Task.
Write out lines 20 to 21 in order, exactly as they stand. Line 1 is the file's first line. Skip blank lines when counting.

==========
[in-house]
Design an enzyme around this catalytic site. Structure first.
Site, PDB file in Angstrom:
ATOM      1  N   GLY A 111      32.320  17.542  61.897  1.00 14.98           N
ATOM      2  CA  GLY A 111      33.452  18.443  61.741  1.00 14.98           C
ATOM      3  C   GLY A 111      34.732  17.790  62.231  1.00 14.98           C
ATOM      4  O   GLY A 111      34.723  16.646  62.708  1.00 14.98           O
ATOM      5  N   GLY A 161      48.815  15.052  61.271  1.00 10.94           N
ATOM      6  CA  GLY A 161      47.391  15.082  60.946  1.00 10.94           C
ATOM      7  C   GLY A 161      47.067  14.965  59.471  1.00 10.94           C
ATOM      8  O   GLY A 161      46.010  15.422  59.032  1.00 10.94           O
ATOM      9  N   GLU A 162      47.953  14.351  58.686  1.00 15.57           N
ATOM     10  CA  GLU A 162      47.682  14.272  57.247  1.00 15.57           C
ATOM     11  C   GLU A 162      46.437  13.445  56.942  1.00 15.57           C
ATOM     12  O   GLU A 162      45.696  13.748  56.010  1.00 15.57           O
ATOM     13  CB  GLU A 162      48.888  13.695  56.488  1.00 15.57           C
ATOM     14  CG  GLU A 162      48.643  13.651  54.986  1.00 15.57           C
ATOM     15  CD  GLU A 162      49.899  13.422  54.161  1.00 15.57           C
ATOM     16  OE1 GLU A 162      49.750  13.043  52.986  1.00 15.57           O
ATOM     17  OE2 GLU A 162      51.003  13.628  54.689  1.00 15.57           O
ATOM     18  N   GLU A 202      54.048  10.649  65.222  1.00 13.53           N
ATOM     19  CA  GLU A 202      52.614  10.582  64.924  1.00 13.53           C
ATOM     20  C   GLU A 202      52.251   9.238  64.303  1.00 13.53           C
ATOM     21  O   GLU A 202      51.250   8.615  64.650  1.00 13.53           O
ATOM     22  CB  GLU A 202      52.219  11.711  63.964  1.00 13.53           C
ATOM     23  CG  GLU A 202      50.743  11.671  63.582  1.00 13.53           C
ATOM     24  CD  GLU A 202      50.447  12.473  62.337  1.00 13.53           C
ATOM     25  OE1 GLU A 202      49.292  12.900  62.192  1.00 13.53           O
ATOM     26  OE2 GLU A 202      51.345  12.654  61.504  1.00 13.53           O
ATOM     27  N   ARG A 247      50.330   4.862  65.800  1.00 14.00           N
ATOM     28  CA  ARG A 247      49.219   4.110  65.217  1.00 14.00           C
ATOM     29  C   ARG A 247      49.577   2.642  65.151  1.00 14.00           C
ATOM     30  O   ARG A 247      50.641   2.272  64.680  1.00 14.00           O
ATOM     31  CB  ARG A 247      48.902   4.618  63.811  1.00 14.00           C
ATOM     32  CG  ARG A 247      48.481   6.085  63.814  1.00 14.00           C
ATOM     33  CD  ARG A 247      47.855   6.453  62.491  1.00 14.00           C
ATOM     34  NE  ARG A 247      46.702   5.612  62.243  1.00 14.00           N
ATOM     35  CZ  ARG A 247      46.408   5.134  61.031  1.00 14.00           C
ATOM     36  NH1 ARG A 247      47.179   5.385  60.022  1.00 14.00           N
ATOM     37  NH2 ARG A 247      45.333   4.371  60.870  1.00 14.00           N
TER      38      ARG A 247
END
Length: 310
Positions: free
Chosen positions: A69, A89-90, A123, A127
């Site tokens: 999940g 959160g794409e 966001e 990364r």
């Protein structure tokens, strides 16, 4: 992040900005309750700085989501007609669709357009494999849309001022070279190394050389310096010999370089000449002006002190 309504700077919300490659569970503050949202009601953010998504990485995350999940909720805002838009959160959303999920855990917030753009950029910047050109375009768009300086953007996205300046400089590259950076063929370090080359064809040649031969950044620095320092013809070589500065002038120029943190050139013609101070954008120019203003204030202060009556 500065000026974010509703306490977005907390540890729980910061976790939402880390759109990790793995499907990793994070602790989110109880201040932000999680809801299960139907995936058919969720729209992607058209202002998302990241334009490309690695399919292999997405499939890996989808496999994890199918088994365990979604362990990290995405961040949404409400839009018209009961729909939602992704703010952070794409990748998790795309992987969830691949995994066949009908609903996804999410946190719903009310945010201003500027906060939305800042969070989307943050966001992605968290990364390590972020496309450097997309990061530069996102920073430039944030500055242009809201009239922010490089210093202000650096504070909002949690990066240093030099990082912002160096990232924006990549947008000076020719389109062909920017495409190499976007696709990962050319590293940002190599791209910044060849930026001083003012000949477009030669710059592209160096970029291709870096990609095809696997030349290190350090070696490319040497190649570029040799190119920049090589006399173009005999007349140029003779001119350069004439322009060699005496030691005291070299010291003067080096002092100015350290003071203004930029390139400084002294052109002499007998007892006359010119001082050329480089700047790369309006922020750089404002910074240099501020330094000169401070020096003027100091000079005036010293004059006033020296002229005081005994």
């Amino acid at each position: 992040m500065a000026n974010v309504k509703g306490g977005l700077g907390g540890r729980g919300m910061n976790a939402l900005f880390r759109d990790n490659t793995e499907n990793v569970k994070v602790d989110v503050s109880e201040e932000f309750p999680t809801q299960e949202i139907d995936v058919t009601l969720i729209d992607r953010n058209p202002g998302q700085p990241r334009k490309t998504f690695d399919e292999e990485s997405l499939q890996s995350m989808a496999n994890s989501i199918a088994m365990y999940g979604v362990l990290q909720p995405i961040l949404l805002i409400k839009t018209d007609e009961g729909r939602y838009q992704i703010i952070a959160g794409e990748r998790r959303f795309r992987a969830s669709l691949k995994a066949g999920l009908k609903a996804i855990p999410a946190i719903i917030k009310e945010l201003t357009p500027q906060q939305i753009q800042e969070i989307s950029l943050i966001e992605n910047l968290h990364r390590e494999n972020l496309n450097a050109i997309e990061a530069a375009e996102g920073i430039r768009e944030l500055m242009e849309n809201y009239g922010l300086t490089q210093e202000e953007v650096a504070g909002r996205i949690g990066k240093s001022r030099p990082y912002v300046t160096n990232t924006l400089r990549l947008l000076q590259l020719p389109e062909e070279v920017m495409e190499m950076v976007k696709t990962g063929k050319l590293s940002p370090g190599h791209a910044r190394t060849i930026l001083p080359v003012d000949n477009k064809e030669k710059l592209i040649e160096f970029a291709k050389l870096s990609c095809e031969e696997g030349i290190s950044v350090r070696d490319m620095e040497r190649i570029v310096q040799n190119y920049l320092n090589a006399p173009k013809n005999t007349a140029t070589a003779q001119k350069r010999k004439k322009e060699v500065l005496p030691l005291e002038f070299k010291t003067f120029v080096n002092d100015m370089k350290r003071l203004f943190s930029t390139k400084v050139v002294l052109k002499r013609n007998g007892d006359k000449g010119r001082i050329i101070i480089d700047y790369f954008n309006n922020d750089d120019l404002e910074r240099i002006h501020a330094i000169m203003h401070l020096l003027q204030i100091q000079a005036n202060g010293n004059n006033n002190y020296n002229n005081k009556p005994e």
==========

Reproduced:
ATOM     17  OE2 GLU A 162      51.003  13.628  54.689  1.00 15.57           O
ATOM     18  N   GLU A 202      54.048  10.649  65.222  1.00 13.53           N